Sikorski sent a response to Orbán’s letter a few days later, on June 22, which Népszava also published. He wrote that Orbán is correct that Hungary has the right to veto the decisions of the Council. “It is just the way that you have exercised that right which baffles me,” noted the MEP.

Radoslaw Sikorski also pointed out that Hungary has banned the transit of weapons across Hungary to Ukraine while the country is “fighting for its very existence.”

I struggle to reconcile the decisions you are making today with the words that launched your career in politics on 16th June 1989. During the reburial of prime minister Imre Nagy you said that the Soviet domination of Hungary was an “Asian impasse” from which the country needed a way out. You called for democracy, free elections and the withdrawal of Russian troops. Can you not see that President Zelensky wants for his country the same things that the young Viktor Orbán wanted for his?

Would Józef Bem, the hero of both our nations, be proud of you if you blocked the transit of weapons through Hungary when he fought the Russians on behalf of Poland?

-wrote Radolsaw Sikorski to the Hungarian Prime Minister. [HVG]

Spat Between Ryanair and Hungarian Gov’t Descends into Childish Name-Calling

After several days of calling Minister for Economic Development Márton Nagy an “idiot,” Ryanair CEO Michael O’Leary went a step further by comparing Nagy and Minister Gergely Gulyás, the head of the Prime Minister’s Office, to the lead characters in the 1994 film “Dumb and Dumber.”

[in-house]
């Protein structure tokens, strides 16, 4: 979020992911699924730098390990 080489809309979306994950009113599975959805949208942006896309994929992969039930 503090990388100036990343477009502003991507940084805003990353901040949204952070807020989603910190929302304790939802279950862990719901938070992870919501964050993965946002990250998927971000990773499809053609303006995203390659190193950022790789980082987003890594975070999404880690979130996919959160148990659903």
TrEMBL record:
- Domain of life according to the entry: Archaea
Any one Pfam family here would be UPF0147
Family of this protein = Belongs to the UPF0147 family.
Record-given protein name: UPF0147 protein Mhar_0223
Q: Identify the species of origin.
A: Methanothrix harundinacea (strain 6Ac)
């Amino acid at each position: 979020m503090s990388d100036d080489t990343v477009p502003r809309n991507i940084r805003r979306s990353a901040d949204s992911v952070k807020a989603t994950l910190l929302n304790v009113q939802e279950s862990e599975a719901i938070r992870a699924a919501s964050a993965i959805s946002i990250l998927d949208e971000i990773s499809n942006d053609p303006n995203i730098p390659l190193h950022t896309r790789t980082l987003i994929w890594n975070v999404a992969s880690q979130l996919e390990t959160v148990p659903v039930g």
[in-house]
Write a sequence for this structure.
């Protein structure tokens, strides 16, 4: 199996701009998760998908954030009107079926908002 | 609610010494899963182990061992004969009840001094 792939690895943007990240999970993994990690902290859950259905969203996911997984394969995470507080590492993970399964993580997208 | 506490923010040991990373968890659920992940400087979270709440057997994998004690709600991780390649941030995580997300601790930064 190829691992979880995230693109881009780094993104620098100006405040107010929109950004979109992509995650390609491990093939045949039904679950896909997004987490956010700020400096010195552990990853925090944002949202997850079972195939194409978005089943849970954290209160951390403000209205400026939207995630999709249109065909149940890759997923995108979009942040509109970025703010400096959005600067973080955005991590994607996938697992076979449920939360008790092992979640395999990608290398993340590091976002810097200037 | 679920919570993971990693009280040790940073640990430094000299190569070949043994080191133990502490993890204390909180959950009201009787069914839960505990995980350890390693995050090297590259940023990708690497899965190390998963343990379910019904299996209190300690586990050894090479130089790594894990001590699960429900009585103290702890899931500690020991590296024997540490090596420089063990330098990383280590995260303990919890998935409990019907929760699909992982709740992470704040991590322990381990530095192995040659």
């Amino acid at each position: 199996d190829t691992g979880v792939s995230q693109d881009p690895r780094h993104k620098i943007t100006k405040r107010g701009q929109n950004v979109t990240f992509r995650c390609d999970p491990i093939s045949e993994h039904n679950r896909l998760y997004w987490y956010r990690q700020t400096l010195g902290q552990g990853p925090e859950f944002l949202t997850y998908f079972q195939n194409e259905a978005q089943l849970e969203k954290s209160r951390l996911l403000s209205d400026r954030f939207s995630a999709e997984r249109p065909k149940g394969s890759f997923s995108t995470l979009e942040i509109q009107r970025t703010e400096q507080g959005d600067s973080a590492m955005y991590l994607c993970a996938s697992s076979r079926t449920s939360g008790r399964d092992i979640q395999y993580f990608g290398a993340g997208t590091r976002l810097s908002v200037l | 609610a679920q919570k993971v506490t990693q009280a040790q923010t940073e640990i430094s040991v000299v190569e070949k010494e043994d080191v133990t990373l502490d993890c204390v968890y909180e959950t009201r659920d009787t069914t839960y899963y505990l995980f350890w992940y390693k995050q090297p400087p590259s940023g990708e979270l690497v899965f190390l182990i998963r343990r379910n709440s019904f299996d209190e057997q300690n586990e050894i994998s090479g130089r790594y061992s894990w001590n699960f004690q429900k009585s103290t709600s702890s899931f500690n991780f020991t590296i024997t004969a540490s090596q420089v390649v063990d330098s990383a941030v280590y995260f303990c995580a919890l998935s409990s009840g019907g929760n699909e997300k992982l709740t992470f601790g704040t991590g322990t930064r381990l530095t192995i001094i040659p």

As O’Leary told Euronews:

These two Hungarian ministers are like that Jim Carrey movie, “Dumb and Dumber,” if they think people will happily pay the extra tax and choose a more expensive airline from one day to another.

The low-cost airline got riled up after Viktor Orbán announced on May 25 that the government would be imposing an “extra-profit tax” on certain industries, including airlines. The state will levy an extra 3,900 Ft. (US $10.27) per ticket for European destinations, and 9,750 Ft. ($25.68) for destinations outside of the continent.

Ryanair announced it would pass on this new tax burden to passengers, which the government has protested, launching a consumer protection investigation over the matter.

Not to be outdone, Fidesz MEP Tamás Deutsch continued the name-calling on Thursday. Speaking to HírTV, the 55-year-old man expressed his view that the Ryanair CEO was a “male appendage.”

[Telex, HírTV]

Orbán: Yes to Ukraine Entering the EU, No to More Sanctions

We say yes to Ukrainian membership in the European Union, yes to peace, and no to further sanctions!

-said Prime Minister Viktor Orbán on social media on Thursday on the EU summit taking place today and tomorrow in Brussels.

In a video uploaded to his Facebook page, the Prime Minister said he had met with Western Balkan leaders in the morning, followed by an overview of Ukraine and the situation with the war in the afternoon. On Friday, “we will be discussing the European economic situation in sufficient depth and length,” said Orbán, which he claims is “not at all rosy.”

“Europe is suffering,” said Orbán. “It is suffering from war inflation and suffering from the economic crisis from the war.”

The Hungarian Prime Minister added that more and more sanctions were being proposed, but he believes the sanctions, along with the war, are the cause of economic difficulties.

We need peace now, not new sanctions, because the only antidote to wartime inflation is peace.

-stated Orbán in the video. [HVG]

Hungary the Only EU Country to Oppose Global Minimum Tax